- Mix borax powder into peanut butter to create a high-protein bait that grease ants can’t resist.
- Place spoonfuls of the mixture where you see ants.
- They’ll ingest the borax and die off.
- Apply pure peppermint oil along entry points like windows, doors, and foundation cracks.
- Grease ants detest the strong minty smell and will avoid areas where it’s applied.
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Pie Dough Mixture
This is one of my personal favorite homemade remedies for grease ants. It’s very simple – just mix together some basic ingredients to create a fatal trap for the ants.
Here’s what you’ll need.
- All-purpose flour
- Solid vegetable shortening
- A bowl
- A spoon
I like to use a 1:1 ratio of flour and shortening. Start by scooping around 1/4 cup of shortening into the bowl.
Then add 1/4 cup of flour and mix it together thoroughly with the spoon.
You want the consistency to be dense and thick, like pie dough. Add a touch more flour or shortening as needed until you get the right texture.
It should be dry enough that it doesn’t smear, but sticky enough to trap ants.
Next, take small spoonfuls of the dough mixture and place them anywhere you’ve noticed grease ants active or trailing through.
Focus on placing the bait along their pathways and entry points.
As the ants march through, their legs and bodies will become encased in the thick, sticky dough. Immobilized and unable to free themselves, the trapped ants will die off.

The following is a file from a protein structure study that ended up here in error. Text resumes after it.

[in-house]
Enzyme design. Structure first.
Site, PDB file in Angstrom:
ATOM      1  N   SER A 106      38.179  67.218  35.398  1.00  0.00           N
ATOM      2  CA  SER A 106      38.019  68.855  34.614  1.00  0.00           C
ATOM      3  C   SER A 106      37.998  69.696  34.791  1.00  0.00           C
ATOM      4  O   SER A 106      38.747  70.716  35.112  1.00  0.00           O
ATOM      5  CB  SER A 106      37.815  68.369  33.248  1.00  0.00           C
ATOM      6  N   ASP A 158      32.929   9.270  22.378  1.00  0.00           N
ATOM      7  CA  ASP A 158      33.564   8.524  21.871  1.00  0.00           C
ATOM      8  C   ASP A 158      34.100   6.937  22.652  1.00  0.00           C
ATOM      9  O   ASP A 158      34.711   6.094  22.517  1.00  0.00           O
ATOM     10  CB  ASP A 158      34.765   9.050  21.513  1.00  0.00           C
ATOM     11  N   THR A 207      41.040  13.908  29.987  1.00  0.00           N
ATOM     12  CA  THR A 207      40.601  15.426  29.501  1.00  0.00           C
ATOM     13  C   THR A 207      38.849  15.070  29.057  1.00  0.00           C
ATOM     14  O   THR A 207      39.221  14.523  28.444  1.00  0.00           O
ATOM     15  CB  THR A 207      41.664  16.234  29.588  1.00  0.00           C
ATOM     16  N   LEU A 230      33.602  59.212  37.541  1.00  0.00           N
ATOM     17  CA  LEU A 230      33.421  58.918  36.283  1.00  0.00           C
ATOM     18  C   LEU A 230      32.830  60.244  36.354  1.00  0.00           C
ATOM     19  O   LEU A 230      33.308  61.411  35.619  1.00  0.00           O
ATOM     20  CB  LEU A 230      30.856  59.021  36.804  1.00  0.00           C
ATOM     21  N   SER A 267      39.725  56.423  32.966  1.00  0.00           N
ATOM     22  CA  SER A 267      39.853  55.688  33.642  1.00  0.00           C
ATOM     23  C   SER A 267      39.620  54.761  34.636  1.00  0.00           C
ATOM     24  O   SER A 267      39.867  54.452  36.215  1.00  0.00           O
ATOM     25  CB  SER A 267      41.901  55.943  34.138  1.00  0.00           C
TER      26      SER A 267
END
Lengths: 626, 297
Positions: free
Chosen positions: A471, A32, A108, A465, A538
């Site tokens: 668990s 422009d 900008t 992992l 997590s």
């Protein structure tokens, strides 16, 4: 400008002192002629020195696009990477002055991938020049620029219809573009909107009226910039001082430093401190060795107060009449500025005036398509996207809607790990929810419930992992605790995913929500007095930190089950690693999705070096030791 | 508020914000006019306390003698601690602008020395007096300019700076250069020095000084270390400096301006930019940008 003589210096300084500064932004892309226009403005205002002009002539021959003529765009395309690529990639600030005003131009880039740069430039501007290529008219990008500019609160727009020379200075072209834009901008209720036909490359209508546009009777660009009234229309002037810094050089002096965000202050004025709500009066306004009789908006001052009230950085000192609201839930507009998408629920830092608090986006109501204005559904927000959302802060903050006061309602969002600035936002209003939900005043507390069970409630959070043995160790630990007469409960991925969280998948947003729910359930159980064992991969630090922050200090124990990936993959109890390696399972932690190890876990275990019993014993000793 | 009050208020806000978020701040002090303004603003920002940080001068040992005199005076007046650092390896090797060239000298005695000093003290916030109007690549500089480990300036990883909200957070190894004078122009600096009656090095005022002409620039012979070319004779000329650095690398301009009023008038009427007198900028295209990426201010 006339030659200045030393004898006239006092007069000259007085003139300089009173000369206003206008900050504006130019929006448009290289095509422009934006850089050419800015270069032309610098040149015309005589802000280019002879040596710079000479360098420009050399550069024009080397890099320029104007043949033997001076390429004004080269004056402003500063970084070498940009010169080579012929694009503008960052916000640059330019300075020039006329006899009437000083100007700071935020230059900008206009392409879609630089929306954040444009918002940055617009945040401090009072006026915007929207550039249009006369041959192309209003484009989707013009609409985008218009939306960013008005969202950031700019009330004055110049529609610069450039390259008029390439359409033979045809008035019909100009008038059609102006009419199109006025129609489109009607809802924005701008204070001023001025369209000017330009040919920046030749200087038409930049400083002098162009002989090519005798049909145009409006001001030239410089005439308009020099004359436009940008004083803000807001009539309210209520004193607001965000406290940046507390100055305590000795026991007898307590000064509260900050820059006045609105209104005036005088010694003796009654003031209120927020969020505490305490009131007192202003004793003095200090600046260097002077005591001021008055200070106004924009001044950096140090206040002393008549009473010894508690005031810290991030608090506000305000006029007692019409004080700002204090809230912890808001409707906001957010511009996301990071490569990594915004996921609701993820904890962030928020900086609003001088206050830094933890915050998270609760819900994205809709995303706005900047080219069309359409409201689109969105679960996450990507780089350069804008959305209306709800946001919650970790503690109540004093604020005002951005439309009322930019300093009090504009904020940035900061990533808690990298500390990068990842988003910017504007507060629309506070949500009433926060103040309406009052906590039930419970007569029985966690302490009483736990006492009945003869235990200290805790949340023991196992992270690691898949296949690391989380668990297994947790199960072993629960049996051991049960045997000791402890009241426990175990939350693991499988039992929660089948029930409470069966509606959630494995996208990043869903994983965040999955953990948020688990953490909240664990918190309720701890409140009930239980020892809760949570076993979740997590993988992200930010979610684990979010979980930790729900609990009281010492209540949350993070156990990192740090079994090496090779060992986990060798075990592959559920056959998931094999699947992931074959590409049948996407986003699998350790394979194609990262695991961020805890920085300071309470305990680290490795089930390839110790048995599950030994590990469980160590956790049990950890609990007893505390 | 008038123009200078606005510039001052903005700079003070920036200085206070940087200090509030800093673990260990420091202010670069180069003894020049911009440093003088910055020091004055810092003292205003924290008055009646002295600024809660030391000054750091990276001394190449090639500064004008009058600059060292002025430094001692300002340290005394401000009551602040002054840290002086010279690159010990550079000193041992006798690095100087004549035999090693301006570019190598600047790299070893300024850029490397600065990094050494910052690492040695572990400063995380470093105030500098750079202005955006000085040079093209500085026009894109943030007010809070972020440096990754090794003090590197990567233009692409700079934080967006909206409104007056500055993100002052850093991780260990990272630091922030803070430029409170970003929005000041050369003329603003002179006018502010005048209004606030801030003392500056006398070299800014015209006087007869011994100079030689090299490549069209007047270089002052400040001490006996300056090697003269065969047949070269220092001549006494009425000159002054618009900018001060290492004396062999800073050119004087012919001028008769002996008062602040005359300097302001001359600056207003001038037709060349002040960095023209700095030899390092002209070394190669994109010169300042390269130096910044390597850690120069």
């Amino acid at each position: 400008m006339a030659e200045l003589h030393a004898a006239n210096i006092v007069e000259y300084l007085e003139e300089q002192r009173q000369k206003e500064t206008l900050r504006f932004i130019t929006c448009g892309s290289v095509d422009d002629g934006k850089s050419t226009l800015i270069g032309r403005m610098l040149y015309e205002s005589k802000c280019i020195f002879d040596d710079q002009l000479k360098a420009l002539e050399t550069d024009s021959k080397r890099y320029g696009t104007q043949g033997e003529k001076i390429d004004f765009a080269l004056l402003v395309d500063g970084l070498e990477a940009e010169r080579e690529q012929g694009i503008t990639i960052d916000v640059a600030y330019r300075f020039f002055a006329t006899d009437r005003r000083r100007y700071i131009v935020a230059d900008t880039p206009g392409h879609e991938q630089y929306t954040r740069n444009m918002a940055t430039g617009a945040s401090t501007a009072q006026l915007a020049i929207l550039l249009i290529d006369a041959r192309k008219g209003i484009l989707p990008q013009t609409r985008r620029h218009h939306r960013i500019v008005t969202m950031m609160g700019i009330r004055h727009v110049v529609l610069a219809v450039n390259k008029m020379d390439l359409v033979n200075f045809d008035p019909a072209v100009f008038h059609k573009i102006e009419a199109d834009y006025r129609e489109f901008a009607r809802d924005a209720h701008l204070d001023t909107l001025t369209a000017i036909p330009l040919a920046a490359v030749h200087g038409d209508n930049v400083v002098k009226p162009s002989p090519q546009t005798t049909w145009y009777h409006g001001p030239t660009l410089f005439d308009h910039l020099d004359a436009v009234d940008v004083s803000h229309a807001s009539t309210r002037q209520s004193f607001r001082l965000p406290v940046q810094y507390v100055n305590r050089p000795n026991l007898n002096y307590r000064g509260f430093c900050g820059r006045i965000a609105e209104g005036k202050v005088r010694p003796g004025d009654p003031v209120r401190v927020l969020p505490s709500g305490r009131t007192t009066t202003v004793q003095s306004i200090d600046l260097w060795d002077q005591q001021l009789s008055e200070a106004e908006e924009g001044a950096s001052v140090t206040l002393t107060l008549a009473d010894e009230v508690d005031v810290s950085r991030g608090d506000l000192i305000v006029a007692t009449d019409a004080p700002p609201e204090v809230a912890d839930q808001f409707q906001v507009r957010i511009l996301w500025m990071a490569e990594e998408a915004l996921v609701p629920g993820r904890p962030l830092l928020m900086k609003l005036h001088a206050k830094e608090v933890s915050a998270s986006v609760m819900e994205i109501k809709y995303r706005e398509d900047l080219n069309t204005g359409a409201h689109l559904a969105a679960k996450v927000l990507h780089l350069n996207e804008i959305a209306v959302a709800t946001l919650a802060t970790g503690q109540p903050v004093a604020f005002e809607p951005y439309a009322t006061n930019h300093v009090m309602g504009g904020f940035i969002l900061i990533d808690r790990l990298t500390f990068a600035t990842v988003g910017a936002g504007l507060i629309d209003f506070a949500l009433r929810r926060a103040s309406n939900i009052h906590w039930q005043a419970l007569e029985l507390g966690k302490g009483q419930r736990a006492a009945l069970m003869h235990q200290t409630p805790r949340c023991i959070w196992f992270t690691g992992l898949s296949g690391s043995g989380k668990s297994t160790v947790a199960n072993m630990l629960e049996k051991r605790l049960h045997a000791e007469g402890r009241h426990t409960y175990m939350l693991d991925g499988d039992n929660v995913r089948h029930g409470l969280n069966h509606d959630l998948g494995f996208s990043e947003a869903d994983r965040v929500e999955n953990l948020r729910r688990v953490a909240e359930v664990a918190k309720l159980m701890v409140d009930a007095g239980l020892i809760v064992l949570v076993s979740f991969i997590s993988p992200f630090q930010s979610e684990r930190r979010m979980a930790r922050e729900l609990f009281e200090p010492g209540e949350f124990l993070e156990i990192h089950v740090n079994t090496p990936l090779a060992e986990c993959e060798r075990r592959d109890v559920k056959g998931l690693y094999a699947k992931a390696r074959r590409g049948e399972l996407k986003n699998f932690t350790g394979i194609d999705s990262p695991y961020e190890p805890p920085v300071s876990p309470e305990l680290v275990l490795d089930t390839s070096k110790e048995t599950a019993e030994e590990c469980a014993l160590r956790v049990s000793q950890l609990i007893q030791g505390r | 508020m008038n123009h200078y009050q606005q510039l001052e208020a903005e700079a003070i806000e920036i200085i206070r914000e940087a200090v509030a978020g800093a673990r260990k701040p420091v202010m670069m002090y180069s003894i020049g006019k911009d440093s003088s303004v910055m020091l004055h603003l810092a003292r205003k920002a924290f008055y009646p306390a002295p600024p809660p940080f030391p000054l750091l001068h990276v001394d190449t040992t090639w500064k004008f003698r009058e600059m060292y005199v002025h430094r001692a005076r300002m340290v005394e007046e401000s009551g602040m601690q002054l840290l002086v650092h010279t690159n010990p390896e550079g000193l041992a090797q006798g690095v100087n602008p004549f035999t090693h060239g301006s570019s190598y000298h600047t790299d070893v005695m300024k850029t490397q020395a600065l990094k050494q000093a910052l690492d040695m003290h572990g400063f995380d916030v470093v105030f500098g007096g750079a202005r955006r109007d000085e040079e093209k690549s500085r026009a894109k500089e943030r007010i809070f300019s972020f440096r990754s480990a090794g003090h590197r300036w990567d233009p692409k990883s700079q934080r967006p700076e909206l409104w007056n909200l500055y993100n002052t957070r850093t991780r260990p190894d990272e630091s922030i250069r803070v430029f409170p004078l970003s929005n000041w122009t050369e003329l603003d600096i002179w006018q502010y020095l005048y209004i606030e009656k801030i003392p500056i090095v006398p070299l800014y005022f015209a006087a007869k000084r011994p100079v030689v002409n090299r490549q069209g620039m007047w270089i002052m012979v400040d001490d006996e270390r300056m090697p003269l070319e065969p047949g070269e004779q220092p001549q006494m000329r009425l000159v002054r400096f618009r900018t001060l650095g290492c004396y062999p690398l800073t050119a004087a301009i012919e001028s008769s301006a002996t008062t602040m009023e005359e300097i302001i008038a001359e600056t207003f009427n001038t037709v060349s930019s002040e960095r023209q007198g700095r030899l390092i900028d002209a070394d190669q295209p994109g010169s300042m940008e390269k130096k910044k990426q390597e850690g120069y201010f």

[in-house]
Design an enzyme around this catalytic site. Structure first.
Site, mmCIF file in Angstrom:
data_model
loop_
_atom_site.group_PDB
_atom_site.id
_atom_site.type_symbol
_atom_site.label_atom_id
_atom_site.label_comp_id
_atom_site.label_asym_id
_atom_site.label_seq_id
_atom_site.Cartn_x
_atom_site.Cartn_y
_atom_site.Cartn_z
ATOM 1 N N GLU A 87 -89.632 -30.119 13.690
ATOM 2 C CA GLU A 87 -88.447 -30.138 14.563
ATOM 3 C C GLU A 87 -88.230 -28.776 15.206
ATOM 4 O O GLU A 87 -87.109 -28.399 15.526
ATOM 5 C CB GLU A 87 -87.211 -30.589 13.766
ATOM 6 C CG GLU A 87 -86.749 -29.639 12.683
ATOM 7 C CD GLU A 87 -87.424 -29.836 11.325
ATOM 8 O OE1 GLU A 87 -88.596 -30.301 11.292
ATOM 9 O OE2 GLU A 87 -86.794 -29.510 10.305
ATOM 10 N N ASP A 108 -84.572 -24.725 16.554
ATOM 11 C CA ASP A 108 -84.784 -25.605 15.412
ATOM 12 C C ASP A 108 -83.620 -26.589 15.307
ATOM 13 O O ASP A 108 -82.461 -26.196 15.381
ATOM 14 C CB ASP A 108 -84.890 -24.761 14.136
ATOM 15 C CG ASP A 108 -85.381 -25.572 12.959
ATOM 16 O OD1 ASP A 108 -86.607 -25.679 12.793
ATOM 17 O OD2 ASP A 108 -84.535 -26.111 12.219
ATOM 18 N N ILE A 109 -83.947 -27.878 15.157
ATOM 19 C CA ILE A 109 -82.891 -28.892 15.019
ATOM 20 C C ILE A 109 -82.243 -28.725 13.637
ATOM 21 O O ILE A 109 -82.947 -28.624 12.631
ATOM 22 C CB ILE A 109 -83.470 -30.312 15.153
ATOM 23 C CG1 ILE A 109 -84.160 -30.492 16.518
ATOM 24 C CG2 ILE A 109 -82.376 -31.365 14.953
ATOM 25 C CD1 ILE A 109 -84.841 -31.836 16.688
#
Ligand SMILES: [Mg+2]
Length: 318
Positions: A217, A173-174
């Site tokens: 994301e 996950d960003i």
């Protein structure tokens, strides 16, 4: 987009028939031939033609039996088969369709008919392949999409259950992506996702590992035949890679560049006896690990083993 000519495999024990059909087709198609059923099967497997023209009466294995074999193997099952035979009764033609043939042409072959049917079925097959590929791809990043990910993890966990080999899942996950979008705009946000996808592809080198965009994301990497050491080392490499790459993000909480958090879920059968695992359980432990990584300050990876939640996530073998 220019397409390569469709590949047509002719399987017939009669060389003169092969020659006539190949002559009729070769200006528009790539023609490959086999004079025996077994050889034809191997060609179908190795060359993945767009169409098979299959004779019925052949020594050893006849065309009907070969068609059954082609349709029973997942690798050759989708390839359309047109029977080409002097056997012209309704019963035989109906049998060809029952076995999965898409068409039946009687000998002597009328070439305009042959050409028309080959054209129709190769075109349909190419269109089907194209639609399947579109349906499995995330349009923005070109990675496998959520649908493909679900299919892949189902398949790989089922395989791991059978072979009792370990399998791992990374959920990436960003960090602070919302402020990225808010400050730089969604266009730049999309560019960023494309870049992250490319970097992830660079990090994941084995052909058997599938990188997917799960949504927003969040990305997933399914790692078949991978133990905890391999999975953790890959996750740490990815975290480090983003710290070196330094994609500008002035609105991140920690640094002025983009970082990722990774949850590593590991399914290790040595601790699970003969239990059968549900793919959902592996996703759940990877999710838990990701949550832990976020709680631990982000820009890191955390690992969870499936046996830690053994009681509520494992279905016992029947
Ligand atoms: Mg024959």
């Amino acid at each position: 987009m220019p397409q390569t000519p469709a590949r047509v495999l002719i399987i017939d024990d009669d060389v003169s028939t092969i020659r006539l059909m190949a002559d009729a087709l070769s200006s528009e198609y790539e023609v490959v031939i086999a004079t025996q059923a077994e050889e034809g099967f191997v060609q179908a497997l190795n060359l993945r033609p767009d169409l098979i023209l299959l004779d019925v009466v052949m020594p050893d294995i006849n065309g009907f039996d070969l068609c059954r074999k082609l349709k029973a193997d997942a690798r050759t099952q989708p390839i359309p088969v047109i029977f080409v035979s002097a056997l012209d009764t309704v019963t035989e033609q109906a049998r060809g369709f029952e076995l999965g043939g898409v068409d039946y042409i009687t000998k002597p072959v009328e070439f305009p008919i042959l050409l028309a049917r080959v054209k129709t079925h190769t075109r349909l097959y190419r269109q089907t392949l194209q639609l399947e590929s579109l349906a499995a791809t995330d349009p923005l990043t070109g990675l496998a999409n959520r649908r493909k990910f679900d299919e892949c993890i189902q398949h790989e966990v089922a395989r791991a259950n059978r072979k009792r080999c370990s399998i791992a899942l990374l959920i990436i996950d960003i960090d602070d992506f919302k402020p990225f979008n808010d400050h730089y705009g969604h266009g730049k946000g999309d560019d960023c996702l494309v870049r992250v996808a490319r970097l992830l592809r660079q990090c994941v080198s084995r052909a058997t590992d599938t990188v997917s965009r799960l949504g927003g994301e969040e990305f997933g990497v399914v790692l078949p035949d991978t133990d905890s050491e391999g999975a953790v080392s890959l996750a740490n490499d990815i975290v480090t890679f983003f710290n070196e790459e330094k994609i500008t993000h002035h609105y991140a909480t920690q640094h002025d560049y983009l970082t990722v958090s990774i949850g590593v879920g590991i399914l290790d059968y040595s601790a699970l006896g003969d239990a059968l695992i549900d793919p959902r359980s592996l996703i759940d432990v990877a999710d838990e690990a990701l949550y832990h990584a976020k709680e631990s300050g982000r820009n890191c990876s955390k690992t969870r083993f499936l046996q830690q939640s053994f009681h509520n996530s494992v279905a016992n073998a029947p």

It might take some trial and error to get the perfect consistency, but this paste is an effective and affordable homemade trap for controlling grease ant invasions.
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Dealing with a grease ant infestation can be frustrating, but with the right techniques, you can eliminate these pests from your home.
First, address what might be attracting ants inside through good cleaning habits and proper food storage.
Tightly seal all food, wipe up spills quickly, and take out the trash regularly. Fix any water leaks and clean greasy surfaces around the kitchen.
Use a combination of ant baits and homemade remedies focused on breaking up ant trails and preventing entry.
Apply solutions like vinegar, oil, and peppermint along crawl spaces, windows, and doors. Target high-traffic areas indoors with ant killer baits.
With some diligent effort to cut off their food sources and disrupt grease ant pathways into your home, you can kick these pesky insects to the curb.
With the right techniques, you can protect your kitchen and home from future ant invasions.
What does a grease ant look like?
Grease ants are tiny, measuring 1/32 to 1/20 inches long. They are pale yellow to light brown in color with a greasy, shiny appearance.
Do grease ants smell?
Grease ants themselves are odorless. But their sweet, sticky secretions and rotten food debris can create unpleasant odors over time.
Do grease ants bite?
No, grease ants do not bite or sting. They are not aggressive toward humans.
How to kill grease ants?
Use ant baits, eliminate food sources, clean with soap and water, wipe down surfaces with vinegar, apply vegetable oil to entry points, and place borax paste or sticky dough in problem areas.
Resources – (for further reading)
Iowa State University – Grease Ant
Wikipedia – Solenopsis molesta